You have a great story idea! Wonderful! Now how do you turn that into a coherent plot? Do you have writer's block before you even pick up a pen? Here's a trick to turn your story idea into novel.

Almost every writer starts with an idea for either a story climax or an inciting event. They are the most interesting parts of a book, after all. But in order to have a true plot with a recognizable story arc, it needs to be expanded in a manner that covers any major plot holes, that keeps people's attention, and builds the suspense.

Some people are planners who outline their story and know every twist and turn of their plot before they write the first chapter. Others are 'pantsers' who prefer to just sit down and write, letting the story flow naturally. Most fall somewhere in the middle, each individual writer falling in a slightly different place in the spectrum.

As a new writer looking to develop your plot, a staged approach is a good way to discover your preferences. Start with the bare basics and then proceed to flesh out the details until you feel comfortable enough to begin writing. If you ever hit writer's block, come back to your outline and flesh it out a bit more. You'll discover where you need to go next.

What are the bare basics? First, you need both the inciting event and the climax:

  • Inciting event - What prompted your characters to get involved in your story?
  • Your climax - How does your story end?

That is the bare minimum to a plot - the starting and ending points. But in order to build tension and keep things interesting, you need a bit more. So let's flesh it out.

  • Inciting event - Something interrupts your character's normal life.
  • Decision point - Your character has a chance to escape his involvement in this story. Why doesn't he?
  • Crisis - Without problems along the way, you have a boring story. What is fighting against your character?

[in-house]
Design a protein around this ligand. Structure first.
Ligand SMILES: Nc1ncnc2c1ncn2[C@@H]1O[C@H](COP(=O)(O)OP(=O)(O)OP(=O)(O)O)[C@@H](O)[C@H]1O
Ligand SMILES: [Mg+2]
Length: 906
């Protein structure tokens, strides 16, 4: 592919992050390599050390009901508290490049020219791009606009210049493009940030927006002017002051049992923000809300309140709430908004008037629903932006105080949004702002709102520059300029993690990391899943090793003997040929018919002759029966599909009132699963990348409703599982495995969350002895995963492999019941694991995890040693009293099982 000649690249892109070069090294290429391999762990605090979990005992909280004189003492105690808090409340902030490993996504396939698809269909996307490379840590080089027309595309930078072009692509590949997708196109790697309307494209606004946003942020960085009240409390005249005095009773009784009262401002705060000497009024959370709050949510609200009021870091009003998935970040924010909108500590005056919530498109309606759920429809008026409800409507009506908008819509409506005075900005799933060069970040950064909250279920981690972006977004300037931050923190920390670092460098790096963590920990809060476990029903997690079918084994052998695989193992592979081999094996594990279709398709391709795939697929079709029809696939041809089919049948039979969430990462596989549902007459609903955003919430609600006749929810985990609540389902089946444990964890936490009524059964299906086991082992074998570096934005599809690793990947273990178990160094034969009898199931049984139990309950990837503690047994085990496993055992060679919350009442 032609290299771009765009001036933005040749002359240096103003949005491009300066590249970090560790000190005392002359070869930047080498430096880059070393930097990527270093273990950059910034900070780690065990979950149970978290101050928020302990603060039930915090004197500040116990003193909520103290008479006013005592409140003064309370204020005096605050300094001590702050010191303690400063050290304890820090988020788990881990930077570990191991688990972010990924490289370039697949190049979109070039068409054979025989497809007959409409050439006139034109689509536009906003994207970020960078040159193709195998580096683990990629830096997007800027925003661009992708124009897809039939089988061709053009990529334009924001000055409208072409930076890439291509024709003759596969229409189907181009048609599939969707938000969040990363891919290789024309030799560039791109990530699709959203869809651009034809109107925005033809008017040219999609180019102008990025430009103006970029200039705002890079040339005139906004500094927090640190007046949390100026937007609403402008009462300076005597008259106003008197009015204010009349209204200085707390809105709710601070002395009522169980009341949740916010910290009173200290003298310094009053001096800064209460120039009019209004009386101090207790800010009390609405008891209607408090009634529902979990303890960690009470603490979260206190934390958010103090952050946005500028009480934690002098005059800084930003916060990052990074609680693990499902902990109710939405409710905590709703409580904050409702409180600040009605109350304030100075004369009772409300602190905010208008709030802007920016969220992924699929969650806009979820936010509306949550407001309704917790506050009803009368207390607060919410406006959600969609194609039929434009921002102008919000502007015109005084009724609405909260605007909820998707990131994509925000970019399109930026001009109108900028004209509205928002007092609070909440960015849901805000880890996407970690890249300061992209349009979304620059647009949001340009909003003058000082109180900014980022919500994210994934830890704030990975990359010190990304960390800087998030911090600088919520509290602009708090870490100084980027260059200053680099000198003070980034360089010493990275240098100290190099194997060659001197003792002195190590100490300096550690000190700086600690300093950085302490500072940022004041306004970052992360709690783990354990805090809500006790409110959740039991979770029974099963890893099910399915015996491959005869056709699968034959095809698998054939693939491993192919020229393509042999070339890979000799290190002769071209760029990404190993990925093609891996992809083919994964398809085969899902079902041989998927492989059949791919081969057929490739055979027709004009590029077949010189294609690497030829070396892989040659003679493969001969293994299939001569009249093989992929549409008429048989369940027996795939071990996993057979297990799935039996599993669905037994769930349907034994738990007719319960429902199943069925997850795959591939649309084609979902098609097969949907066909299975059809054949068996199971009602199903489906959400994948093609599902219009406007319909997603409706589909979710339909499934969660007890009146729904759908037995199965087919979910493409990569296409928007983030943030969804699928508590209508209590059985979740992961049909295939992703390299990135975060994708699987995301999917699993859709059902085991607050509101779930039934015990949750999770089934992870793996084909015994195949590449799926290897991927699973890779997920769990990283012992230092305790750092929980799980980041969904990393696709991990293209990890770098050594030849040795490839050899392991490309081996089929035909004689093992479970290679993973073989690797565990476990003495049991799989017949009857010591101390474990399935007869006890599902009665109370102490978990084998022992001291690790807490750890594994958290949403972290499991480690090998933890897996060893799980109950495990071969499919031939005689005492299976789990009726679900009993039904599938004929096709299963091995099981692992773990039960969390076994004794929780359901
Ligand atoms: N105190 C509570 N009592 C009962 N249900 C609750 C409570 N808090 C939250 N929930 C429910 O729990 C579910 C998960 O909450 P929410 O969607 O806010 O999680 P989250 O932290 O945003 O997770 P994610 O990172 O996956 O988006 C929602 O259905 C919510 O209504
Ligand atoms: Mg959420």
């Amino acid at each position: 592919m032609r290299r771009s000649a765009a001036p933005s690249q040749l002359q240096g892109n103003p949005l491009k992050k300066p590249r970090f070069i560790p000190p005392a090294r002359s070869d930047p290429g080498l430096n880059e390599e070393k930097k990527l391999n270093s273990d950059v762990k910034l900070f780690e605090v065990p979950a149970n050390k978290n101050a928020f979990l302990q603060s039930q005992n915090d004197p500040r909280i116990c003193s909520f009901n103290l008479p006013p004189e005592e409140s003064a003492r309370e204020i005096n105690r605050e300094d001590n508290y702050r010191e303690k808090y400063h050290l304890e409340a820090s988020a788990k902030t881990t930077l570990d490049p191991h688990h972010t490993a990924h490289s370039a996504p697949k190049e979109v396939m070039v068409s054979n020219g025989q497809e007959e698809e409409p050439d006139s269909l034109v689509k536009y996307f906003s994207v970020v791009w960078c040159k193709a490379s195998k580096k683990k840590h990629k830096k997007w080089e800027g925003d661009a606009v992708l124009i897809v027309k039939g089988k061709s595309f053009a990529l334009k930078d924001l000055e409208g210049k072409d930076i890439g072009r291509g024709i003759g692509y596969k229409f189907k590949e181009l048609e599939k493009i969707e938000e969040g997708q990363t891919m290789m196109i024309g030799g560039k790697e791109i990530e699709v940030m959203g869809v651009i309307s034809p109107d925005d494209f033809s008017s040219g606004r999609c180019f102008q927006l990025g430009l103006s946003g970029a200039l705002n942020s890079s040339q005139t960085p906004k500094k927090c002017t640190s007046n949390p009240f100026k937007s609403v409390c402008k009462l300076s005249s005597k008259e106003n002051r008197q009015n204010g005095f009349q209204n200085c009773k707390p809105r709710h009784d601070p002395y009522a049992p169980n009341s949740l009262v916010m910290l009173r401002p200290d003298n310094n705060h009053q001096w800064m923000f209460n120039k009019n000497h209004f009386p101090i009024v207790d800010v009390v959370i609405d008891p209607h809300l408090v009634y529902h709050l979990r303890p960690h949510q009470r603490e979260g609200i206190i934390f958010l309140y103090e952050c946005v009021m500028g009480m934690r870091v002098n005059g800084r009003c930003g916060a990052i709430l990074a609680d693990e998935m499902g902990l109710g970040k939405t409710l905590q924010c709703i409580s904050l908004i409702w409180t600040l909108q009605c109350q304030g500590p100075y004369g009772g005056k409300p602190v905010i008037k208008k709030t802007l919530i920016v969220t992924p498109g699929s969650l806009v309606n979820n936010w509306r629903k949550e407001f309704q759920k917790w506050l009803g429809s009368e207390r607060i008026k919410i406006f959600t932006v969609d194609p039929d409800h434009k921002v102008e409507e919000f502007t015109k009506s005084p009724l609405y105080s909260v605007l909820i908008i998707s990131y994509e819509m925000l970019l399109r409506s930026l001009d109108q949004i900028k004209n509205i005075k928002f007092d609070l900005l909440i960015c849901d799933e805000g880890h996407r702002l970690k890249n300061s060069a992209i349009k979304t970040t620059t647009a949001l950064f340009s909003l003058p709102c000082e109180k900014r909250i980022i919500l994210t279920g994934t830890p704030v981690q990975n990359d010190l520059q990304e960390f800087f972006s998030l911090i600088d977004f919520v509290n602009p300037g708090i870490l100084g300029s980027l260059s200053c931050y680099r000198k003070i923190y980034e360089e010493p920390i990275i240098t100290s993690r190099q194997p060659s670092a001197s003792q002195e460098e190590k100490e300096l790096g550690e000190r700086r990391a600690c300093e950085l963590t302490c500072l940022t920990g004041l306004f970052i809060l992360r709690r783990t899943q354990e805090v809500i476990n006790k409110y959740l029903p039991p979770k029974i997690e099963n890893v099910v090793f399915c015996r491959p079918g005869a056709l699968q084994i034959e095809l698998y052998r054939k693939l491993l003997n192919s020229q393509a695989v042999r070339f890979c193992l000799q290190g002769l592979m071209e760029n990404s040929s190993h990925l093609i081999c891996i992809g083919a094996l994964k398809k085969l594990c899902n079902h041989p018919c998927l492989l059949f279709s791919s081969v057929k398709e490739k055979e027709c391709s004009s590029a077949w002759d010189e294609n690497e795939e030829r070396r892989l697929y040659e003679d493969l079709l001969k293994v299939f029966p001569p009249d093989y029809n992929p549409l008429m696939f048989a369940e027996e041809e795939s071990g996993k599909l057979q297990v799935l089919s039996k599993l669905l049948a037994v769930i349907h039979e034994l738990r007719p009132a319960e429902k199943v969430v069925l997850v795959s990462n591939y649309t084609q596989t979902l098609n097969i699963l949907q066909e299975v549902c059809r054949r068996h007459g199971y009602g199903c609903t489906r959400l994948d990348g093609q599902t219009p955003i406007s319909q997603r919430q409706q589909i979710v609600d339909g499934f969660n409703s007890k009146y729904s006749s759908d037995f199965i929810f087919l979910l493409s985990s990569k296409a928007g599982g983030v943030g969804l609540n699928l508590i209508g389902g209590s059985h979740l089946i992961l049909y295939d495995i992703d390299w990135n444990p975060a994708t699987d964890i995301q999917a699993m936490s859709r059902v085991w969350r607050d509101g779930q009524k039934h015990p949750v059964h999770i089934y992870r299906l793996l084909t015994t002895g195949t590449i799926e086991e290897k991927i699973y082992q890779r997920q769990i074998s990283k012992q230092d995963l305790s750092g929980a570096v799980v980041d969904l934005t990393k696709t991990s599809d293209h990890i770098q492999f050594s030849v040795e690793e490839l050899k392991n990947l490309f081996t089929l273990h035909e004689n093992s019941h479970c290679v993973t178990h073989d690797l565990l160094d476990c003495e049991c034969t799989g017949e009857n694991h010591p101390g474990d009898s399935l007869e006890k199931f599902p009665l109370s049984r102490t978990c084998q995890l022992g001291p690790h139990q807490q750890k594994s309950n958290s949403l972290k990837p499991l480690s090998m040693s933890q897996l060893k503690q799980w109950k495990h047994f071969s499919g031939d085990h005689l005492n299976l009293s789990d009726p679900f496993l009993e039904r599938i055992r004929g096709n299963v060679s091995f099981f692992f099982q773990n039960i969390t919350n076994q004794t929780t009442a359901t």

• Climax - A major problem appears and must be solved or vanquished.

That's a little better. A die-hard pantser could start writing here and have at least a general idea for where his plot needs to go. But I prefer a few more guideposts.

  • Inciting event - Something interrupts your character's normal life.
  • Dilemma - Your character wavers, problems arise, and he might not go on this journey - why not?
  • Decision point - He decides to continue on the journey? Why?
  • More troubles - Does your character regret his decision? Could he turn back?
  • Crisis - So many troubles, it looks like this is getting impossible.
  • Turning Point - There's no going back. Regrets are forgotten or ignored. Problems are worked around. You character is committed and he's going to do this thing!
  • Climax - Everything reaches a head. The final battle fought, the last confessions are made. The day is won (or lost)!
  • Denouement - Life returns to normal - or the new normal.

Now we have a story! You can see the rising tension and major plot holes will become more apparent. When you can see at at glance the path your story should take, you can also tell where the path might run into problems. With the path in place, you can take each one of those points and write a few chapters about them and your plot will follow a nice story arc.

However, if you're higher on the 'planner' side of the spectrum or if your story is complex enough to need a stronger framework, add in your chapter details. Under each point, list the chapters you feel are needed. Consider the following questions:

  • What happens in each chapter?
  • When do side characters enter?
  • Do your characters travel? Where do they go and when?
  • Next to each chapter, keep a timeline - if your story begins on day 1, does chapter 5 take place on day 5? Or day 35? Or does everything happen on the same day?
  • Do you have subplots in mind? Where does the subplot take place in the story? Match it up with your timeline.

You could also add details of your scene settings, your character's culture, relevant world-building elements, or any other design element for your story. Your outline can be as sparse or as detailed as you like.

Whether you are a planner or a pantser, every great story needs a great plot - and to get your great plot, you need to plan it out at least a little bit. Start small and add until you're comfortable. Plot Factory has a terrific outline feature that can help you get started. Choose your preferred outline format and fill it in with as little or as much as your story and your psyche require. Your story will be all the better for it.